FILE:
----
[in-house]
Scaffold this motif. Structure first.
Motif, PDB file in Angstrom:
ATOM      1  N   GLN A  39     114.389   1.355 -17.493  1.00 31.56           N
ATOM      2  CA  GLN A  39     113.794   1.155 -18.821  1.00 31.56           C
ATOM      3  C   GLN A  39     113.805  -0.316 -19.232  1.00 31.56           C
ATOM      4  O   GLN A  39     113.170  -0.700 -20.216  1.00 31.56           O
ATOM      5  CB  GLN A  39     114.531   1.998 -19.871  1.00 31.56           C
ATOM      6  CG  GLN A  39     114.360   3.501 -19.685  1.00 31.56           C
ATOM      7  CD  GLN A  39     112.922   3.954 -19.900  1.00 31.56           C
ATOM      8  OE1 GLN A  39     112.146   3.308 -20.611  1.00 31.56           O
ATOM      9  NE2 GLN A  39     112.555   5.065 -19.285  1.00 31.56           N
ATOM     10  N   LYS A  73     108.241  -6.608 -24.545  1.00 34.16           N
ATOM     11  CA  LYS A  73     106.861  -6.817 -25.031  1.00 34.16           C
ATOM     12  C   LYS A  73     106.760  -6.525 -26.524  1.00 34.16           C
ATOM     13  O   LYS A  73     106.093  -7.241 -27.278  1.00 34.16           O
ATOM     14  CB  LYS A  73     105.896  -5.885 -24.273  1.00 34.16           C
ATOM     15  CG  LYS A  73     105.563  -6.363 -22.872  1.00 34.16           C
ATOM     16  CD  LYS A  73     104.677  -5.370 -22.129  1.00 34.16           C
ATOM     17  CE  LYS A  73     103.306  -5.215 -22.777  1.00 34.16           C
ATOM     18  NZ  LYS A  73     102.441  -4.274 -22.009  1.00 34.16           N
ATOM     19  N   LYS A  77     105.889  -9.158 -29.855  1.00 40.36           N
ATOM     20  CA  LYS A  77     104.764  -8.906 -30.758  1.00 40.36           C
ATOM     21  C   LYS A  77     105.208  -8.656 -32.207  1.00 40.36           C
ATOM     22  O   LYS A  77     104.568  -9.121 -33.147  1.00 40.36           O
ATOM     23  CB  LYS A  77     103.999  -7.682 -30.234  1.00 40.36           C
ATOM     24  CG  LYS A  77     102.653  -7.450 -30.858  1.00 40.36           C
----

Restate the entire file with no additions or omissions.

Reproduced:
[in-house]
Scaffold this motif. Structure first.
Motif, PDB file in Angstrom:
ATOM      1  N   GLN A  39     114.389   1.355 -17.493  1.00 31.56           N
ATOM      2  CA  GLN A  39     113.794   1.155 -18.821  1.00 31.56           C
ATOM      3  C   GLN A  39     113.805  -0.316 -19.232  1.00 31.56           C
ATOM      4  O   GLN A  39     113.170  -0.700 -20.216  1.00 31.56           O
ATOM      5  CB  GLN A  39     114.531   1.998 -19.871  1.00 31.56           C
ATOM      6  CG  GLN A  39     114.360   3.501 -19.685  1.00 31.56           C
ATOM      7  CD  GLN A  39     112.922   3.954 -19.900  1.00 31.56           C
ATOM      8  OE1 GLN A  39     112.146   3.308 -20.611  1.00 31.56           O
ATOM      9  NE2 GLN A  39     112.555   5.065 -19.285  1.00 31.56           N
ATOM     10  N   LYS A  73     108.241  -6.608 -24.545  1.00 34.16           N
ATOM     11  CA  LYS A  73     106.861  -6.817 -25.031  1.00 34.16           C
ATOM     12  C   LYS A  73     106.760  -6.525 -26.524  1.00 34.16           C
ATOM     13  O   LYS A  73     106.093  -7.241 -27.278  1.00 34.16           O
ATOM     14  CB  LYS A  73     105.896  -5.885 -24.273  1.00 34.16           C
ATOM     15  CG  LYS A  73     105.563  -6.363 -22.872  1.00 34.16           C
ATOM     16  CD  LYS A  73     104.677  -5.370 -22.129  1.00 34.16           C
ATOM     17  CE  LYS A  73     103.306  -5.215 -22.777  1.00 34.16           C
ATOM     18  NZ  LYS A  73     102.441  -4.274 -22.009  1.00 34.16           N
ATOM     19  N   LYS A  77     105.889  -9.158 -29.855  1.00 40.36           N
ATOM     20  CA  LYS A  77     104.764  -8.906 -30.758  1.00 40.36           C
ATOM     21  C   LYS A  77     105.208  -8.656 -32.207  1.00 40.36           C
ATOM     22  O   LYS A  77     104.568  -9.121 -33.147  1.00 40.36           O
ATOM     23  CB  LYS A  77     103.999  -7.682 -30.234  1.00 40.36           C
ATOM     24  CG  LYS A  77     102.653  -7.450 -30.858  1.00 40.36           C